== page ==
Feminism in the spotlight: The impact of social and political tension around the pandemic on International Women’s Day

Right-wing politicians attack International Women’s Day protest rallies, which will be very different this year because of the restrictions in place due to the global pandemic and because of dissension within Left-wing parties and feminist groups.

A year after the controversy caused by right and far-right parties due to their criticism of last year’s International Women’s Day’s protests, held on 8th March days before the health emergency was announced, feminism returns to the public eye. The same parties who remained silent while other demonstrations and protests took place, like those against the ‘Celaá-Law’[1]  or the rallies against government measures to curb the virus (sometimes without respecting minimum covid-19 prevention measures), are once again raising their voices when it comes to taking to the street to defend women’s rights.

In addition to criticism from right – wing politicians, some members of Cabinet have sent warning messages. The Minister of Health and member of the Spanish Socialist Worker’s Party, Carolina Darias has stated that the International Women’s Day rallies do not have a place this year given the current pandemic. Darias’ views contrast with epidemiologist Fernando Simón, who pointed out that ‘being under a 2,000 kg float, carried by large numbers of people, during Holy Week celebrations is not the same as a protest of 500 where people can spread out’.

Political representatives and analysts from all parties have been exchanging arguments for and against these rallies for days. Feminist organisations consider these protests key to continue progressing in the area of gender equality and in fighting violence against women, but the focus of the debate is on the current limitations on public gatherings, as a result of the pandemic, rather than on the causes that drive hundreds of thousands of women to protest each year. However, feminist organisations are clear that it is still key ‘to occupy public spaces’ and ‘to take to the streets’ especially after the pandemic has spotlighted and deepened ‘the gaps and inequalities between genders’, particularly regarding the wellbeing of women and violence against women, two of the key themes of this year’s campaigns.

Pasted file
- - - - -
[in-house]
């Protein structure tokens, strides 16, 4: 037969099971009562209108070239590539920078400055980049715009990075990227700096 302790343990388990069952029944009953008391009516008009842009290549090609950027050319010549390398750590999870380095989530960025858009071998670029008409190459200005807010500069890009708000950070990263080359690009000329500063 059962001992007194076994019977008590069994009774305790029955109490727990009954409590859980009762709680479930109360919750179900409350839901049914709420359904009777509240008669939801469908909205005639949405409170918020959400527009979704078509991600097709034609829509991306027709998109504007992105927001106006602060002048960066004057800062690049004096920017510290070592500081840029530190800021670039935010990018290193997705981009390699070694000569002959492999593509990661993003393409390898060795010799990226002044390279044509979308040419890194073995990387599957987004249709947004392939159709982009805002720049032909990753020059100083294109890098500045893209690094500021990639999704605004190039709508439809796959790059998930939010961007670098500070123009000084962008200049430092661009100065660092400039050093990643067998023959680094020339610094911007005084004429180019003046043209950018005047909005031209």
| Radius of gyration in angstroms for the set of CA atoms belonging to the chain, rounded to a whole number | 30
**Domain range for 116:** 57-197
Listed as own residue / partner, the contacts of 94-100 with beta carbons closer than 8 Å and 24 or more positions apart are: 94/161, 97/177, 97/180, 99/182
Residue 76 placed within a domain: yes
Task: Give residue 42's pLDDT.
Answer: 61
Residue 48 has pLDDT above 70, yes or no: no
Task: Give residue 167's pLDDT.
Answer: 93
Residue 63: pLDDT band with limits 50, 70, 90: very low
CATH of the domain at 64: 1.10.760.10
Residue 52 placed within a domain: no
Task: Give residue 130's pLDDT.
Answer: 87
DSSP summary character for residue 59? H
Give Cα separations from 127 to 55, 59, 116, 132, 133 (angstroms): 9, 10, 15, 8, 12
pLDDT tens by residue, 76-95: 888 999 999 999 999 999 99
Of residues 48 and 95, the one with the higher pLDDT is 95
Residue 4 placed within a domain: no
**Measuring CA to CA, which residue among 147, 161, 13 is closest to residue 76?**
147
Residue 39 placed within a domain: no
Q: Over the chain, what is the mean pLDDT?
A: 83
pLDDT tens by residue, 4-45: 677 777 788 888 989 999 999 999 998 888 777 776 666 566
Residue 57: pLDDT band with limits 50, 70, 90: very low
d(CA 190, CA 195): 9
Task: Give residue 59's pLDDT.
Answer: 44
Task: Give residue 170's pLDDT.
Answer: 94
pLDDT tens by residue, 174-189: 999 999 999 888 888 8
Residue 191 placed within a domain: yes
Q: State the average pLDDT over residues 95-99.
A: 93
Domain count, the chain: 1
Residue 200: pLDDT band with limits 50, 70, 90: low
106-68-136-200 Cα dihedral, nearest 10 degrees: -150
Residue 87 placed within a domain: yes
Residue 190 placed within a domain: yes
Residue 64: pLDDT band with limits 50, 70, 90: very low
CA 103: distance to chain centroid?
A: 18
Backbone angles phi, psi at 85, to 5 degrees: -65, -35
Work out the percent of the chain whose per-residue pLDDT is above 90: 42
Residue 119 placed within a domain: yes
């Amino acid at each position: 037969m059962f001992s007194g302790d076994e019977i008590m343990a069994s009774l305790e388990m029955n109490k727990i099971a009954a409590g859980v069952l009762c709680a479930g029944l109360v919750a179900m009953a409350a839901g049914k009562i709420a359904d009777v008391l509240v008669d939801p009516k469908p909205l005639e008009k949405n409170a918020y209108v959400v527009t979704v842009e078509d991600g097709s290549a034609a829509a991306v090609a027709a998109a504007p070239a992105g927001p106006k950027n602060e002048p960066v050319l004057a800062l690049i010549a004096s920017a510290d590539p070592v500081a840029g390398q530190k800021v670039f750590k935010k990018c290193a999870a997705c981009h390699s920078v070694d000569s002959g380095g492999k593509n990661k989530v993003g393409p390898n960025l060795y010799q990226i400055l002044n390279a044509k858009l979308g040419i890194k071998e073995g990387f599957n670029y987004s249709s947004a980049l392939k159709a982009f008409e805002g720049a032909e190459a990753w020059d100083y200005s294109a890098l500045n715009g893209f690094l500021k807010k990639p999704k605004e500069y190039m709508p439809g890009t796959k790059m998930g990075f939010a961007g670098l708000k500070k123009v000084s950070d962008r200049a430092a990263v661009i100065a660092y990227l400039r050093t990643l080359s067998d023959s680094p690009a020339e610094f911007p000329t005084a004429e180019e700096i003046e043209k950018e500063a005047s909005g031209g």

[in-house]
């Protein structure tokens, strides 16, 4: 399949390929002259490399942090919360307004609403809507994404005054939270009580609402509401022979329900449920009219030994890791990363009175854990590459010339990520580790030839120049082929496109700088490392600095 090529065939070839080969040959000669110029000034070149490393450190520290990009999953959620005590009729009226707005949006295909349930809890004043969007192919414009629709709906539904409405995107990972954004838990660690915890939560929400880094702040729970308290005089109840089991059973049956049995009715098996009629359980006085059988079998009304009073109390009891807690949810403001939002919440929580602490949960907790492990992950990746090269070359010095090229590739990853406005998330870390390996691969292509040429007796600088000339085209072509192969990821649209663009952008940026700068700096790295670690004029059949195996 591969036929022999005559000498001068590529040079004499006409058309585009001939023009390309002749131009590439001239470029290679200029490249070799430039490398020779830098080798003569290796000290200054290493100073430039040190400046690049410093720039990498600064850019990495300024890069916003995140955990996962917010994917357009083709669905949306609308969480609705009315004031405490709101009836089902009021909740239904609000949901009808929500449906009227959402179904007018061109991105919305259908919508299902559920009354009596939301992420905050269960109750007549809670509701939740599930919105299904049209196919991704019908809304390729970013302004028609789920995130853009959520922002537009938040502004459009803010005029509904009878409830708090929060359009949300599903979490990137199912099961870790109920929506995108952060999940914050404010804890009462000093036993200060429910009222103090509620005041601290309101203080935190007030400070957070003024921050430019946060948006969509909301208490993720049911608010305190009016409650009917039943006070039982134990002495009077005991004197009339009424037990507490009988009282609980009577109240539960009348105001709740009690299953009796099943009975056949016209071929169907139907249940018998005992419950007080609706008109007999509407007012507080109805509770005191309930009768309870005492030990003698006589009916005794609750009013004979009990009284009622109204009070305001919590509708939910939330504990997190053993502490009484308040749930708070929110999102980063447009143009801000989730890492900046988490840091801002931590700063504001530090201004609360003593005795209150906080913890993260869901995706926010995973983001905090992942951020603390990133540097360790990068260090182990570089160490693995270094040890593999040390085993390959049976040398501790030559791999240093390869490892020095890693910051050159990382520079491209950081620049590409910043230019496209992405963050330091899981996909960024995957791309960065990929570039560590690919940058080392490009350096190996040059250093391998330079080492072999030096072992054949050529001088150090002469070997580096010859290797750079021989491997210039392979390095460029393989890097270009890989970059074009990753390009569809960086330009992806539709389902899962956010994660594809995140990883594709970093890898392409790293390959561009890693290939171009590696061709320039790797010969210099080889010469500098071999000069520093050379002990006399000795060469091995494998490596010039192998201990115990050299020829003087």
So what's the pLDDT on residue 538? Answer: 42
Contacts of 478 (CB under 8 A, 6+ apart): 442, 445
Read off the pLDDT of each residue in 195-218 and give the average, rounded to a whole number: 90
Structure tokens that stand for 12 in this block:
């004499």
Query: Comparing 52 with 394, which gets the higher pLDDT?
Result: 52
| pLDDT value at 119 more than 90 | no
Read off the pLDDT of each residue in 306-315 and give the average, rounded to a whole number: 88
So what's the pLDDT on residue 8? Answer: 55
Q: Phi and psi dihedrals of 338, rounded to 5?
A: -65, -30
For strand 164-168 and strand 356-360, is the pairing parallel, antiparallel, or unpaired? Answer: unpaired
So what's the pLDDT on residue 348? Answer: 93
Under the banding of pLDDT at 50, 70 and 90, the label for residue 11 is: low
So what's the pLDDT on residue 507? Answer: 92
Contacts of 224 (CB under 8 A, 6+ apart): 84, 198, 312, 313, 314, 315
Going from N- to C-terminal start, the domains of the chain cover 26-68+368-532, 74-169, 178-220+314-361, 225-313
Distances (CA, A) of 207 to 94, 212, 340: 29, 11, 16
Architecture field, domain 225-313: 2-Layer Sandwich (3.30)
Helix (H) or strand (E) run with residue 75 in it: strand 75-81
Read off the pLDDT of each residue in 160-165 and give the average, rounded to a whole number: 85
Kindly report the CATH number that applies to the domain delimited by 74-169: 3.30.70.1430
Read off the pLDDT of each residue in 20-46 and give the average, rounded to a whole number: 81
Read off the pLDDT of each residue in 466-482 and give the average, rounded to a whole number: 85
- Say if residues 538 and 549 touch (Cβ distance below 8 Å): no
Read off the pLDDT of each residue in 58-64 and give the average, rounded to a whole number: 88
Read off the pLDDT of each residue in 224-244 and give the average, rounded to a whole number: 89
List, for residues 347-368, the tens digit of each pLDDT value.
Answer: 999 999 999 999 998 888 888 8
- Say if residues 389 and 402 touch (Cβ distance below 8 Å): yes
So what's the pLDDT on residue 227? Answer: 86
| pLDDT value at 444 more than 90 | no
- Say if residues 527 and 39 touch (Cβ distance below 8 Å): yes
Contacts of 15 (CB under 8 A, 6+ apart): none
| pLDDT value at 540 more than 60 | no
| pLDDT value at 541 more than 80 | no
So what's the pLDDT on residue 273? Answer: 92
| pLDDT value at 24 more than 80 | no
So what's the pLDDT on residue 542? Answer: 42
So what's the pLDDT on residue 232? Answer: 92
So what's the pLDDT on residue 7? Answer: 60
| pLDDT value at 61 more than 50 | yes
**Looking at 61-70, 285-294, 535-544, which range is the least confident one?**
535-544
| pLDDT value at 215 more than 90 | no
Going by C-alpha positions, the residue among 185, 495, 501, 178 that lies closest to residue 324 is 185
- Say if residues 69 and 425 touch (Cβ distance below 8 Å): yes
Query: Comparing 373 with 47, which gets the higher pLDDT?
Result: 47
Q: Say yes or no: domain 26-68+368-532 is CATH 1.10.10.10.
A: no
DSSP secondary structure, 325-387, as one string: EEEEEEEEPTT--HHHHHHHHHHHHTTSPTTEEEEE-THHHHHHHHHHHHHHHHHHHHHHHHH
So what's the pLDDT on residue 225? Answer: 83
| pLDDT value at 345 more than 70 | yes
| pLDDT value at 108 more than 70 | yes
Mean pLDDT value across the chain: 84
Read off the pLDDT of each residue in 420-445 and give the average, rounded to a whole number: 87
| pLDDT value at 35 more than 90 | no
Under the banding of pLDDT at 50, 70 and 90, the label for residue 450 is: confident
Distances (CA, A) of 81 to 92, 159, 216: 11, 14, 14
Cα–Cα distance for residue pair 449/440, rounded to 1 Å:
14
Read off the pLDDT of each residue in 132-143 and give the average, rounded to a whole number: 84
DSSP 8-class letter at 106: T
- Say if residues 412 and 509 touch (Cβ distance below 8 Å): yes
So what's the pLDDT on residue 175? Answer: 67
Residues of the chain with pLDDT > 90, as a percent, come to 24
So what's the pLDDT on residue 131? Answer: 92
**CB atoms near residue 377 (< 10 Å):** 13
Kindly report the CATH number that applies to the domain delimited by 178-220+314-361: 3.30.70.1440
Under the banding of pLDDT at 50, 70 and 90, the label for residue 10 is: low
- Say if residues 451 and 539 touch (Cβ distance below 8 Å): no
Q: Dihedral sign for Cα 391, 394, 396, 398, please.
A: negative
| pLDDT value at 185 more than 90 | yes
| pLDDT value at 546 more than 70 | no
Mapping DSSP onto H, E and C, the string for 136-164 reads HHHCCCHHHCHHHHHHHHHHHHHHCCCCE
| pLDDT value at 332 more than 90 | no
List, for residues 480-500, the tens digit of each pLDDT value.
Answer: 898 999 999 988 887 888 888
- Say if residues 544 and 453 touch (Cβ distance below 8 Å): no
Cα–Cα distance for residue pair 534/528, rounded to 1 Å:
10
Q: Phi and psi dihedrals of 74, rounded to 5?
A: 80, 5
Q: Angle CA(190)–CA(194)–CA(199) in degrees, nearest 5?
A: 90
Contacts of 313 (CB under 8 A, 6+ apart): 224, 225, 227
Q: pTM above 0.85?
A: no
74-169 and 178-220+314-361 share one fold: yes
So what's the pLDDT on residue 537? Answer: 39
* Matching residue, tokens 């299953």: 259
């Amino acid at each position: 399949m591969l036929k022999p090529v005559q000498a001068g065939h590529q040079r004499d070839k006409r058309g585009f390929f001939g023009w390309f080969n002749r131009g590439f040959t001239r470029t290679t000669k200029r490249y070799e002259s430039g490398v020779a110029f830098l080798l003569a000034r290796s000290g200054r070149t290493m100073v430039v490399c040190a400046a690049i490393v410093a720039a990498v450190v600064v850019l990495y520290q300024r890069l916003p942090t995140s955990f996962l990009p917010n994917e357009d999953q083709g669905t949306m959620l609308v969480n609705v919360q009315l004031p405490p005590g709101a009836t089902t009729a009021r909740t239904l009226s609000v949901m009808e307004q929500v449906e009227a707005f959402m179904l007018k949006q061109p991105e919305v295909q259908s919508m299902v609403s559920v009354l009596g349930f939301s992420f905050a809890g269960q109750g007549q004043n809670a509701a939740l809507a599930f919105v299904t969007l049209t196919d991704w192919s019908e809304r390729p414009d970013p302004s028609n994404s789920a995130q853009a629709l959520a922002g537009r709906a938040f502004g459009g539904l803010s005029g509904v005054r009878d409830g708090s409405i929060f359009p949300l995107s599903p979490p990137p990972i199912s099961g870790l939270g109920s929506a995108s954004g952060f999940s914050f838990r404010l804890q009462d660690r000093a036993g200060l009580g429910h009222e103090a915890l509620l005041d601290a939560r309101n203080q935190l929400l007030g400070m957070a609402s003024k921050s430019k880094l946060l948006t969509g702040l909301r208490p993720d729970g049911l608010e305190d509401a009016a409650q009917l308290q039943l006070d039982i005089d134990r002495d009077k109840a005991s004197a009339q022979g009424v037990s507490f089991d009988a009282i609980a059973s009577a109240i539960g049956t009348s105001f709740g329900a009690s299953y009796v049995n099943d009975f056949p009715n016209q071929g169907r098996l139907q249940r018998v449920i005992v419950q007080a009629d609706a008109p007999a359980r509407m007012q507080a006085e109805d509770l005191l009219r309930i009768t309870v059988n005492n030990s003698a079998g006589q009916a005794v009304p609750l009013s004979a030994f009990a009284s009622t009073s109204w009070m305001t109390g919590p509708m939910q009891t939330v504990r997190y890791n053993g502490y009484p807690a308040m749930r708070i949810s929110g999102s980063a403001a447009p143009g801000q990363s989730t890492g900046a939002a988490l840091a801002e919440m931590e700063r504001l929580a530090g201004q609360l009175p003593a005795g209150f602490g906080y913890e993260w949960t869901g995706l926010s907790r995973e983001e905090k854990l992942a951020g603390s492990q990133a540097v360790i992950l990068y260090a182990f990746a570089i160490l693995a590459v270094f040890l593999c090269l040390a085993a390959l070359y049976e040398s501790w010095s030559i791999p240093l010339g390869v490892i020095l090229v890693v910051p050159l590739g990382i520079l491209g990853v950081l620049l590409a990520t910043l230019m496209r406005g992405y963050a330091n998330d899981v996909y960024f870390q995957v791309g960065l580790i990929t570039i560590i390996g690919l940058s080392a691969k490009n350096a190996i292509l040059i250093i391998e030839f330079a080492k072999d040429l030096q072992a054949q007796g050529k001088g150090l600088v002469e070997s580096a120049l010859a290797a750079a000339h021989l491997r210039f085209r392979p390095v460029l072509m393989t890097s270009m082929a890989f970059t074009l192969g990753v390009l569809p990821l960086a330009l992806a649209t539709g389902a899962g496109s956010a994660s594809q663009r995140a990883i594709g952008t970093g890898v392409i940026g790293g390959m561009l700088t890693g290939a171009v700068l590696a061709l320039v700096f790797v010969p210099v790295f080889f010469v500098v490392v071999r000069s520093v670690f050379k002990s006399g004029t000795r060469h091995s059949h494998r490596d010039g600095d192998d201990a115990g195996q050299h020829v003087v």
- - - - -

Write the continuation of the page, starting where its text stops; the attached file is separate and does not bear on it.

The government representative against gender violence, Victoria Rosell, recently reflected in an interview that the Constitutional Court has already ruled that ‘the street is a space for political participation not just for controlling and policing traffic. In this country, rights have been won in the streets, too.’

The long responses and counter-responses as to whether the rallies called by various feminist groups throughout Spain should be held has once again reached a climax with the words of the president of the Madrid Regional Government and member of the right-wing Partido Popular, Isabel Ayuso. She has declared that the celebration of last year ‘stopped being International Women’s Day and instead witnessed a day of infection among women’. According to Rosell, these words ‘discredit those who utter them’. In her opinion it is ‘truly an attack against International Women’s Day’ by those who ‘would attempt to boycott it with or without a pandemic’.

‘Taking to the streets is non-negotiable’

8M Commission